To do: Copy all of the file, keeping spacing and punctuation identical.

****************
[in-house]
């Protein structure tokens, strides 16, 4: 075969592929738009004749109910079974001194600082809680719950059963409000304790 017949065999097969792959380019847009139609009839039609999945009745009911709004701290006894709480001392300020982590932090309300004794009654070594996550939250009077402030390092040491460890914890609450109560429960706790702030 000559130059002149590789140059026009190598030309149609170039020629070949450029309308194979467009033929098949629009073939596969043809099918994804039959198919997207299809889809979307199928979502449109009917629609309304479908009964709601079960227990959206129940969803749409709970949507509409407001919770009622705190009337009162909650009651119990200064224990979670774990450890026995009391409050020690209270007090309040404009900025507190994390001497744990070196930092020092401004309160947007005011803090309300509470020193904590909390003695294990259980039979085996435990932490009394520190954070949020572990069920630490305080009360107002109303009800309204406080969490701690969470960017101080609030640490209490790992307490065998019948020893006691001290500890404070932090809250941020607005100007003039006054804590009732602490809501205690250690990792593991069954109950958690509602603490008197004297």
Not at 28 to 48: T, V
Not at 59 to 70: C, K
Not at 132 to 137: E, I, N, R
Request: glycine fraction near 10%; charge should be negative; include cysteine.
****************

[in-house]
């Protein structure tokens, strides 16, 4: 075969592929738009004749109910079974001194600082809680719950059963409000304790 017949065999097969792959380019847009139609009839039609999945009745009911709004701290006894709480001392300020982590932090309300004794009654070594996550939250009077402030390092040491460890914890609450109560429960706790702030 000559130059002149590789140059026009190598030309149609170039020629070949450029309308194979467009033929098949629009073939596969043809099918994804039959198919997207299809889809979307199928979502449109009917629609309304479908009964709601079960227990959206129940969803749409709970949507509409407001919770009622705190009337009162909650009651119990200064224990979670774990450890026995009391409050020690209270007090309040404009900025507190994390001497744990070196930092020092401004309160947007005011803090309300509470020193904590909390003695294990259980039979085996435990932490009394520190954070949020572990069920630490305080009360107002109303009800309204406080969490701690969470960017101080609030640490209490790992307490065998019948020893006691001290500890404070932090809250941020607005100007003039006054804590009732602490809501205690250690990792593991069954109950958690509602603490008197004297």
Not at 28 to 48: T, V
Not at 59 to 70: C, K
Not at 132 to 137: E, I, N, R
Request: glycine fraction near 10%; charge should be negative; include cysteine.